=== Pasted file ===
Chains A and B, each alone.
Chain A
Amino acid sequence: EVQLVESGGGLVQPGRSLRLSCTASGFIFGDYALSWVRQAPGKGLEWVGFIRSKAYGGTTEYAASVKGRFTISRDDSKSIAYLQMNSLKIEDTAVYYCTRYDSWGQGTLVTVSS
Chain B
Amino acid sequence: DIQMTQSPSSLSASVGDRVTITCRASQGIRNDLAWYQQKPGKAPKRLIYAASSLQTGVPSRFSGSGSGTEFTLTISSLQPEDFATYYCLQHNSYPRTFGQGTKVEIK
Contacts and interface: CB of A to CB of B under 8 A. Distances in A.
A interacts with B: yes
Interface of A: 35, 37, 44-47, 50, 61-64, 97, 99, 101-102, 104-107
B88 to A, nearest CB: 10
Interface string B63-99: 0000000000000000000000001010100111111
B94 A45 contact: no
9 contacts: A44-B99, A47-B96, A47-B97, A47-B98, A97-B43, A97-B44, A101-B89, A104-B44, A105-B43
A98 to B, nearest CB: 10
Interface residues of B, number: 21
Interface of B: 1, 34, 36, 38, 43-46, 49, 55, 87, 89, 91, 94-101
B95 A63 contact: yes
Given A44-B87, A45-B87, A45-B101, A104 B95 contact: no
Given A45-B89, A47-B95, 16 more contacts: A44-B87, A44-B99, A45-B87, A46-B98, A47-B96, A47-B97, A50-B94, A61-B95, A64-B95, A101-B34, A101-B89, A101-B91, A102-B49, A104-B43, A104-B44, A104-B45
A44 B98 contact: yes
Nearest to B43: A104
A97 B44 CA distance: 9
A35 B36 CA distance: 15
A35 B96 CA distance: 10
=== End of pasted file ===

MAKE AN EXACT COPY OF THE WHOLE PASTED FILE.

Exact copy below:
Chains A and B, each alone.
Chain A
Amino acid sequence: EVQLVESGGGLVQPGRSLRLSCTASGFIFGDYALSWVRQAPGKGLEWVGFIRSKAYGGTTEYAASVKGRFTISRDDSKSIAYLQMNSLKIEDTAVYYCTRYDSWGQGTLVTVSS
Chain B
Amino acid sequence: DIQMTQSPSSLSASVGDRVTITCRASQGIRNDLAWYQQKPGKAPKRLIYAASSLQTGVPSRFSGSGSGTEFTLTISSLQPEDFATYYCLQHNSYPRTFGQGTKVEIK
Contacts and interface: CB of A to CB of B under 8 A. Distances in A.
A interacts with B: yes
Interface of A: 35, 37, 44-47, 50, 61-64, 97, 99, 101-102, 104-107
B88 to A, nearest CB: 10
Interface string B63-99: 0000000000000000000000001010100111111
B94 A45 contact: no
9 contacts: A44-B99, A47-B96, A47-B97, A47-B98, A97-B43, A97-B44, A101-B89, A104-B44, A105-B43
A98 to B, nearest CB: 10
Interface residues of B, number: 21
Interface of B: 1, 34, 36, 38, 43-46, 49, 55, 87, 89, 91, 94-101
B95 A63 contact: yes
Given A44-B87, A45-B87, A45-B101, A104 B95 contact: no
Given A45-B89, A47-B95, 16 more contacts: A44-B87, A44-B99, A45-B87, A46-B98, A47-B96, A47-B97, A50-B94, A61-B95, A64-B95, A101-B34, A101-B89, A101-B91, A102-B49, A104-B43, A104-B44, A104-B45
A44 B98 contact: yes
Nearest to B43: A104
A97 B44 CA distance: 9
A35 B36 CA distance: 15
A35 B96 CA distance: 10